(CNN) -- Acclaimed film director Paul Haggis's decision to leave the Church of Scientology shines a further public spotlight on the organization.
A letter addressed by Haggis to the church's spokesman, Tommy Davis, expresses anger at the Church of Scientology of San Diego's alleged public support of Proposition 8, which eliminated the right of same-sex couples to marry in California.
"I called and wrote and implored you, as the official spokesman of the church, to condemn their actions," said the letter, which was first published on a blog run by ex-Scientologist Mark Rathbun. "I told you I could not, in good conscience, be a member of an organization where gay-bashing was tolerated."
Haggis' publicist, Ziggy Kozlowski, confirmed to CNN that his client has left the church. Kozlowski said there would be no forthcoming statement from his client who he said is currently in Pennsylvania directing a film starring Russell Crowe and Liam Neeson.
The letter from Haggis says while he had not been an active member for many years, he found the principles he learned in the church to be helpful and continued to apply them in his daily life.
But Haggis wrote in the letter he decided to take action in the wake of what he viewed as Davis' lack of rebuke of the San Diego church.
"The church's refusal to denounce the actions of these bigots, hypocrites and homophobes is cowardly," the letter says. "I can think of no other word. Silence is consent, Tommy. I refuse to consent."
In an interview with CNN, Scientologist spokesman Davis said he understood that Haggis' letter was intended to be private. He said it was written by the director in August based on "whatever information [Haggis] happened to have at that time."
Davis said the local church in San Diego was incorrectly listed in some materials as supporting Prop 8 and that as soon as it was brought to his attention he had the church's name removed.
The Church of Scientology spokesman said his organization is "absolutely not anti-gay" and that its doors are open to everyone.
"As a church we don't take active stances on political issues," Davis said. "Being a minority, we are absolutely all for civil rights and the rights of any minority. We have a pretty complete understanding of what it is like to be persecuted or marginalized...being a minority religion ourselves."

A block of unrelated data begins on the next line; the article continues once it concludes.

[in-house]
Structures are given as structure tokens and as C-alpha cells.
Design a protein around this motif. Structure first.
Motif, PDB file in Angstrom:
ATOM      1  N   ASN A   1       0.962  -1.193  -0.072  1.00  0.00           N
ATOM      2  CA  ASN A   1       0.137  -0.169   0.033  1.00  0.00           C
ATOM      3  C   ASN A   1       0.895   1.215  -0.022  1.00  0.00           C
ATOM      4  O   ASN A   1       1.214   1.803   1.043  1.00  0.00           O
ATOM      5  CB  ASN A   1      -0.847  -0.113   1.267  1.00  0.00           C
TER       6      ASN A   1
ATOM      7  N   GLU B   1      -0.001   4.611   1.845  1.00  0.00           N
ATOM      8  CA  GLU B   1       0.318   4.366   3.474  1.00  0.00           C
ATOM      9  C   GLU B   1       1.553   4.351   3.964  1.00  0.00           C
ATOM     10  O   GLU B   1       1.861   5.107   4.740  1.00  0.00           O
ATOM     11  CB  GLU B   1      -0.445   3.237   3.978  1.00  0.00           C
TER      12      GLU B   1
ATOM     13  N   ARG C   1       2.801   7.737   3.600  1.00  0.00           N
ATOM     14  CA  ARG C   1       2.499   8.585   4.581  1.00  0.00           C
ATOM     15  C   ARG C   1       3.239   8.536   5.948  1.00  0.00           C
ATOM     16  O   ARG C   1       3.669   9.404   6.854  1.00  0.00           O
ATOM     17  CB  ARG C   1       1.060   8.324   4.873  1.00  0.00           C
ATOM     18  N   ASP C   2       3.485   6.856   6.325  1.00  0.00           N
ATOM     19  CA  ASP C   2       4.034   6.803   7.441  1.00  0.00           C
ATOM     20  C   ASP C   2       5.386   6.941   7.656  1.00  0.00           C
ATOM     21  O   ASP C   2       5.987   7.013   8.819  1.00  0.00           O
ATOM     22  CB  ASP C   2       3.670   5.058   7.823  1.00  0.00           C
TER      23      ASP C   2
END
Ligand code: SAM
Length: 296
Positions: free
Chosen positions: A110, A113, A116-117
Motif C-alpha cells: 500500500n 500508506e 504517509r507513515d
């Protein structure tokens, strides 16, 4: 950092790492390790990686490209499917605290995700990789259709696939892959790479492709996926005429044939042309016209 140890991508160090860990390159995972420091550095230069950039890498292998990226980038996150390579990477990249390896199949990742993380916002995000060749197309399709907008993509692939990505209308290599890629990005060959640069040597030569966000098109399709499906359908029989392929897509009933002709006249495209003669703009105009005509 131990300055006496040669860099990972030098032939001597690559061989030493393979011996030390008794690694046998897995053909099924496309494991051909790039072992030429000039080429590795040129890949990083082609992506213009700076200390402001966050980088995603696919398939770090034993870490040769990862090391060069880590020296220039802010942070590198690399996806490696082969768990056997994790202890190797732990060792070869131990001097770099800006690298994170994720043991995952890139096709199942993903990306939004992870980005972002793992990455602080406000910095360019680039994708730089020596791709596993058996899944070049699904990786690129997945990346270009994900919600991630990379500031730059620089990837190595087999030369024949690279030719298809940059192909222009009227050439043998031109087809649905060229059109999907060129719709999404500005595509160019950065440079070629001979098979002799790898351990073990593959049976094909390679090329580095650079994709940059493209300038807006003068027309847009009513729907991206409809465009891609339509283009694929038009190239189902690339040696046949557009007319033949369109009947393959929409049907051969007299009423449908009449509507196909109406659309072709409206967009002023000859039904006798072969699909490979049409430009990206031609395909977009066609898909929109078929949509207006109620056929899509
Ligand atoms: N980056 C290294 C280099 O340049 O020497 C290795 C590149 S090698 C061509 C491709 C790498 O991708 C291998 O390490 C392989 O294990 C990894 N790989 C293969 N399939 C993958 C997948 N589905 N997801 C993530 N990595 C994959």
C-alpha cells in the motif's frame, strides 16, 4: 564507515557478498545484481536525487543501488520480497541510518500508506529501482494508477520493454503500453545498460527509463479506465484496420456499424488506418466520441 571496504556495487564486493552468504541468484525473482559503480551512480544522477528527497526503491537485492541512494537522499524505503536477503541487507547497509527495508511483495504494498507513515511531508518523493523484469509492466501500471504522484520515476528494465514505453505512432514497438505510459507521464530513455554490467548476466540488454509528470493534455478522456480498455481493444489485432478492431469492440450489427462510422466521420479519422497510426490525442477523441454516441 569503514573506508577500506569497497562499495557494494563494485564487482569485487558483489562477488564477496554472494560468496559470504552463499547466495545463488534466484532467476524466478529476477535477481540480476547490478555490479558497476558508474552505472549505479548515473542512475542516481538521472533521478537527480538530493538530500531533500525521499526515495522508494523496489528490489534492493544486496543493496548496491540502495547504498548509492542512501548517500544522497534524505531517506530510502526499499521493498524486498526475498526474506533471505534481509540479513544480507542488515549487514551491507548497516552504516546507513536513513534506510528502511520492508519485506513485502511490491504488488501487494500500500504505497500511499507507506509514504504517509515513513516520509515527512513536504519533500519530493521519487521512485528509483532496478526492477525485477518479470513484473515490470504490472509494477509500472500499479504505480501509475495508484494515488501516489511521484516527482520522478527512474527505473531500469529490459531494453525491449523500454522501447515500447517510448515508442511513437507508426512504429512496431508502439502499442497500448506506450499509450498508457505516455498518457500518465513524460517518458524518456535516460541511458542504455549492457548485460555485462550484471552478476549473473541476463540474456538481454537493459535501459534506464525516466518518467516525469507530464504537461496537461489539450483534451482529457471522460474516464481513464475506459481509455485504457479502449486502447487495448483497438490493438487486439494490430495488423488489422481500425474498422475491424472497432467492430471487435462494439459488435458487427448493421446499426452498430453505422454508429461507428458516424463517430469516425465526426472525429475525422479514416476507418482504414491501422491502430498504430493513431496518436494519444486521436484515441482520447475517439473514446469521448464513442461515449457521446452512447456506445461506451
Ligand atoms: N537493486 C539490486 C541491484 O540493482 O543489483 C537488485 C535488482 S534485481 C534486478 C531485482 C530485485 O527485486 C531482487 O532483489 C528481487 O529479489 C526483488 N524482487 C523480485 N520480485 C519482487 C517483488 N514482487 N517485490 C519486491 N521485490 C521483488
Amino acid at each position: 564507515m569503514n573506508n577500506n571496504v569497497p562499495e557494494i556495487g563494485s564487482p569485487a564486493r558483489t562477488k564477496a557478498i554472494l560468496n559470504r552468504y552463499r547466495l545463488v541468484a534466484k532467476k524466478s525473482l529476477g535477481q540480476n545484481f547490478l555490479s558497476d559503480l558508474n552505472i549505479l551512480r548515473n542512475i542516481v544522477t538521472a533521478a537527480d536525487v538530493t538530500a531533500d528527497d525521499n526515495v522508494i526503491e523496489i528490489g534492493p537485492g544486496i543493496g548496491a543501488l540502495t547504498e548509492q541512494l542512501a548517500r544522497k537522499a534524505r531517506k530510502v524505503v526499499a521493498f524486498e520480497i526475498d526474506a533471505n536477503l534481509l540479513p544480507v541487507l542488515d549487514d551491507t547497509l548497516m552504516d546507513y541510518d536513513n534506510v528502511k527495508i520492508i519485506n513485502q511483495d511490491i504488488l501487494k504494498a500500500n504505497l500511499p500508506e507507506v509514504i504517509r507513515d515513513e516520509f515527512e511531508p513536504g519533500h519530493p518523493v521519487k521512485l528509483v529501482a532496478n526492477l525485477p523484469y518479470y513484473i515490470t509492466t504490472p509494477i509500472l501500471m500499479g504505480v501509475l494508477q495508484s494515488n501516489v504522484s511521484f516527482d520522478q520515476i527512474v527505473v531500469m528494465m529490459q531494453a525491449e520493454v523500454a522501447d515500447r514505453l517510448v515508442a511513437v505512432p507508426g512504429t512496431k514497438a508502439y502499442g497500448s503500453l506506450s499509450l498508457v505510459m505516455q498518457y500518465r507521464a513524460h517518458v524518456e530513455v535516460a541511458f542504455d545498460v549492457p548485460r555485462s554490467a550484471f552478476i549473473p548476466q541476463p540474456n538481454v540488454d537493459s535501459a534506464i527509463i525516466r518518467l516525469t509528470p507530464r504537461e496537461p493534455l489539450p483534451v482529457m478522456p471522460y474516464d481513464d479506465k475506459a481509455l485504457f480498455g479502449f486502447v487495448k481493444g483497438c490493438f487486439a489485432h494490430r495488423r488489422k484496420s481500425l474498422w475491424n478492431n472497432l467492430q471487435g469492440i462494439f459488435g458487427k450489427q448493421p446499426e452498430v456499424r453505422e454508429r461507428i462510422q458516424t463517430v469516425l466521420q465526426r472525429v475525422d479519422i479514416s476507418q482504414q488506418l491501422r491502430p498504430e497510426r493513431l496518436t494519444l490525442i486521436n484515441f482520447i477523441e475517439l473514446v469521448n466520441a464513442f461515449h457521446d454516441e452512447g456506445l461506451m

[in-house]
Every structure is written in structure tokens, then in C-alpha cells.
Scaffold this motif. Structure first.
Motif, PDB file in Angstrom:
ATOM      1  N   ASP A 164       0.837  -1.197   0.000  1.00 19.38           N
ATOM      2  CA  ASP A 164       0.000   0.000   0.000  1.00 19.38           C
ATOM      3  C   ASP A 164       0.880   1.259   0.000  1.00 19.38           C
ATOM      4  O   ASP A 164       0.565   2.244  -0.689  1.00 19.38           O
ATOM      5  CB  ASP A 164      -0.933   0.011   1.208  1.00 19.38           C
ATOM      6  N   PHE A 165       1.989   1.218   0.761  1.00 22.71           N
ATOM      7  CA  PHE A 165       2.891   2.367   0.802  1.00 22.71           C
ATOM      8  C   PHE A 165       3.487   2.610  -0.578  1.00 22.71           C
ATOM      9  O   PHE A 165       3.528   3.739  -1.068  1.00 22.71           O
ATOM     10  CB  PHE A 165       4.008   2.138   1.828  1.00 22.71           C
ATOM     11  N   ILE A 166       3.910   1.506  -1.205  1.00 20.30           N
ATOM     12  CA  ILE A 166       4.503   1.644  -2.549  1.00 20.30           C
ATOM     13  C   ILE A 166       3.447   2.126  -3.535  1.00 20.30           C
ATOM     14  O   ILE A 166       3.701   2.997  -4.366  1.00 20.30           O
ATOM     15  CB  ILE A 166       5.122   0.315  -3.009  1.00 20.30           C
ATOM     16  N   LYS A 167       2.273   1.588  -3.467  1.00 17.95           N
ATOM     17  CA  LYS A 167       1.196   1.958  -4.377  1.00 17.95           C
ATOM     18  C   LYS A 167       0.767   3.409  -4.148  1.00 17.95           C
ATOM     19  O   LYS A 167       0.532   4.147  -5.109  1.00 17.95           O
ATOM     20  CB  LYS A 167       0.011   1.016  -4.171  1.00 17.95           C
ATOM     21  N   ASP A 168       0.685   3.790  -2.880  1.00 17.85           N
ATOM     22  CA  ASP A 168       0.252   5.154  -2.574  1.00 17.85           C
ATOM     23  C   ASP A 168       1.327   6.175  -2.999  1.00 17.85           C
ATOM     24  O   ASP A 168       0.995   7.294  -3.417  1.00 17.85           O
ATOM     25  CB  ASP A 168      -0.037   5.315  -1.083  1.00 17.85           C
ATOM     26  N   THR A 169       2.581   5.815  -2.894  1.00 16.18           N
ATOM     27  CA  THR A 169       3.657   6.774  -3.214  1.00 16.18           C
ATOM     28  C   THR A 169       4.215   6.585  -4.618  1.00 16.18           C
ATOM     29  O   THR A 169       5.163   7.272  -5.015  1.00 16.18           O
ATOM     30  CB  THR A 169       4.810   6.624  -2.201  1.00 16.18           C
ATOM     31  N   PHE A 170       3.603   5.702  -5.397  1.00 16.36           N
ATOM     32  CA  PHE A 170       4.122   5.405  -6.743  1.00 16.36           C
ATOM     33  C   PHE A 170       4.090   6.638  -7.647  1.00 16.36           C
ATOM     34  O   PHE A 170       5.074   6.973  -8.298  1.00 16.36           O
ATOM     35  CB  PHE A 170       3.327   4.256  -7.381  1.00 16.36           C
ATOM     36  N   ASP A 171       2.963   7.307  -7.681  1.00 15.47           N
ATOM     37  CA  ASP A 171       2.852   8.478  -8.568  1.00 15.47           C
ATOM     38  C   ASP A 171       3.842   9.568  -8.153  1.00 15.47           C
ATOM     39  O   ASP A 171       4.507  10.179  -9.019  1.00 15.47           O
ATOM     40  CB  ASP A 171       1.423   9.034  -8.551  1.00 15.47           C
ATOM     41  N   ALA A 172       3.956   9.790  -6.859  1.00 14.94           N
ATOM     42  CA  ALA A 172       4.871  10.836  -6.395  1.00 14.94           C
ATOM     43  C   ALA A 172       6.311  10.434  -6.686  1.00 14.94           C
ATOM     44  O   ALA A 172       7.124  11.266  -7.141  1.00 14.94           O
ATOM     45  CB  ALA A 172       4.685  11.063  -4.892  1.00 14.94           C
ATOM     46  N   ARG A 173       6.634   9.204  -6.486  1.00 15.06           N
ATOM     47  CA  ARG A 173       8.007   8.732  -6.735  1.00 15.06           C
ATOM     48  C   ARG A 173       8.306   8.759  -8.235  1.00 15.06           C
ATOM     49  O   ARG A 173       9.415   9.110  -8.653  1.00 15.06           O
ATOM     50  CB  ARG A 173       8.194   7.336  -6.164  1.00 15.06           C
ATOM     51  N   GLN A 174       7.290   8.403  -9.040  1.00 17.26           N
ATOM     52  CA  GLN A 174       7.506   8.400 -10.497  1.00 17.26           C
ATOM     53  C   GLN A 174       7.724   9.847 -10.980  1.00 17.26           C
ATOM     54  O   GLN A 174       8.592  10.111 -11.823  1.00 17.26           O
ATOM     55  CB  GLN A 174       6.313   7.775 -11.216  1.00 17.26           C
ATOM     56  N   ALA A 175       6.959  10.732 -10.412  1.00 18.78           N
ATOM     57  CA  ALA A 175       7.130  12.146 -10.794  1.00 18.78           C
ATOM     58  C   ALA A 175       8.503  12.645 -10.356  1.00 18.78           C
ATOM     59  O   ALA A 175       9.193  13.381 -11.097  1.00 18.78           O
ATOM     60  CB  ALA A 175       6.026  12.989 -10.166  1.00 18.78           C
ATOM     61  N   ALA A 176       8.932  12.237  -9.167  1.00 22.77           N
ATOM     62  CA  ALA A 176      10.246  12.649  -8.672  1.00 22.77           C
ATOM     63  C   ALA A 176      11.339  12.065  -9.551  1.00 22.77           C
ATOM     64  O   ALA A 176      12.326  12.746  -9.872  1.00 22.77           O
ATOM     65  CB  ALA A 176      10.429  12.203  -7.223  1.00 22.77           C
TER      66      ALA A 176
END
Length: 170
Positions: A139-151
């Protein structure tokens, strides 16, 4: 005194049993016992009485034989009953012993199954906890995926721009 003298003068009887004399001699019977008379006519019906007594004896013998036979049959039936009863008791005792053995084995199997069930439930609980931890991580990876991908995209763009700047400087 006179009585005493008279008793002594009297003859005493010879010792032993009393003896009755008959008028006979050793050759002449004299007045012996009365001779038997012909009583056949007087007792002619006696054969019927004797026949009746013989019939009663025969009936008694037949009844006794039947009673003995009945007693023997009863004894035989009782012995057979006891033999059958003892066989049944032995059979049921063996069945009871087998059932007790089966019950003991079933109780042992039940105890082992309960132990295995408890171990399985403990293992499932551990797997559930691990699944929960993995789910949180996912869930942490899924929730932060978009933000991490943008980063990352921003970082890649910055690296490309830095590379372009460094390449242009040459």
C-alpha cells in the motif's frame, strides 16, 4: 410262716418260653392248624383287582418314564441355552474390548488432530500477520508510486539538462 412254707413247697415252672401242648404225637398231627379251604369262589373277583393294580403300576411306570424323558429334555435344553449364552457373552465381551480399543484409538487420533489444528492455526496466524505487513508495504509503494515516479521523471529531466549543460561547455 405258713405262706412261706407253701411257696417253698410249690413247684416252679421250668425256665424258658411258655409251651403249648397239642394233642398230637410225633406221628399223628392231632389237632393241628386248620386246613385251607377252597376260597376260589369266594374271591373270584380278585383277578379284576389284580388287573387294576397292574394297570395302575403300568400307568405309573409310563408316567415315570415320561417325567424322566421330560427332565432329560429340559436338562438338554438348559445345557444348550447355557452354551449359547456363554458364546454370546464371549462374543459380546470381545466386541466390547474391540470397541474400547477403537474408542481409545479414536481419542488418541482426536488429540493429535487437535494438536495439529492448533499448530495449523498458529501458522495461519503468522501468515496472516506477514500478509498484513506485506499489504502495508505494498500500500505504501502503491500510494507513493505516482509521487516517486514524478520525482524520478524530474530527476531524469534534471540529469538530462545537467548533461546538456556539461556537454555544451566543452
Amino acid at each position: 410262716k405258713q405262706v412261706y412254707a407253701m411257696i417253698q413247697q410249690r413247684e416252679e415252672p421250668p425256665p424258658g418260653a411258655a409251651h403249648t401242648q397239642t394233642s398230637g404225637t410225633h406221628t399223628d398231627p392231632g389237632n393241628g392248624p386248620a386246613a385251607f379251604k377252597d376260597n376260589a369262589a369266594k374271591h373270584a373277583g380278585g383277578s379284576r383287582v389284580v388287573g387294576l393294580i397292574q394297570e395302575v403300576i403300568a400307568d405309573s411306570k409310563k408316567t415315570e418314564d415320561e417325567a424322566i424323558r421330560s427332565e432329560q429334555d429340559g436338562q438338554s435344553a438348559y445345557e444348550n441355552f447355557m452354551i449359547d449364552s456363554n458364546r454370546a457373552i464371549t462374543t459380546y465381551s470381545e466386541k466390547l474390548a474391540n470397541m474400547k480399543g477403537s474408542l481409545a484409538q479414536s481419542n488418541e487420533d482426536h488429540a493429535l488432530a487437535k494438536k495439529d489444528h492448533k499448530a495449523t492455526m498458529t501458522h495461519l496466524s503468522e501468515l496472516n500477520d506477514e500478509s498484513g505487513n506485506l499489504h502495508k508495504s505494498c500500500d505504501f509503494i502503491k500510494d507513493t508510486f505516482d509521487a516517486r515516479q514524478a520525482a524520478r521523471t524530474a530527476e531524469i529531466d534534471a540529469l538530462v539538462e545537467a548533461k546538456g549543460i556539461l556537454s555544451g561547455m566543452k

Haggis, the writer of the Academy Award-winning "Million Dollar Baby" and co-writer and director of "Crash," had reportedly been a member of the Church of Scientology for more than 35 years.
Originally published in four parts, the letter outlines the writer's disappointment with the organization from whom he says he received a great deal of training and counseling during his 20s and 30s.
Founded by the late author L. Ron Hubbard, the Church of Scientology is well known for its high-profile, celebrity members, including actors Tom Cruise, John Travolta and Kirstie Alley.
Alex McFarland, president of Southern Evangelical Seminary in Charlotte, North Carolina, and an expert on world religions and cults, said Haggis' leaving the church is major.
"They have had a lot of very high-profile adherents, so for them to lose a high-profile devotee such as this, I think, is a big deal," McFarland said.
Church of Scientology spokesman Davis said that he had talked to Haggis about the issues raised in the letter.
"To the degree that any one has an upset with the church, we always try and resolve it with communication," Davis said. "I certainly had a tremendous amount of communication with Paul in resolving any issues."
Haggis is not the first in the industry to publicly break with the Church of Scientology. Actor Jason Beghe, who appeared in the film "G.I. Jane" and television shows "Everwood" and "Criminal Minds," reportedly also left the organization in 2008.
Beghe was reportedly a follower of high ranking and in 2005 appeared in Scientology promotional footage.
On Tuesday, a French court convicted the Church of Scientology and six of its leaders of organized fraud. The court imposed fines totaling more than one million dollars on the church and the convicted staff.
In Paris, church spokesman and official representative of the organization's Celebrity Center, Eric Roux called the decision a "modern Inquisition" and said the church would appeal the verdict.
Roux said Scientology is doing well in Europe and noted that a church opening in Rome, Italy, last weekend attracted 6,000 people.
CNN's Jack Hannah contributed to this story.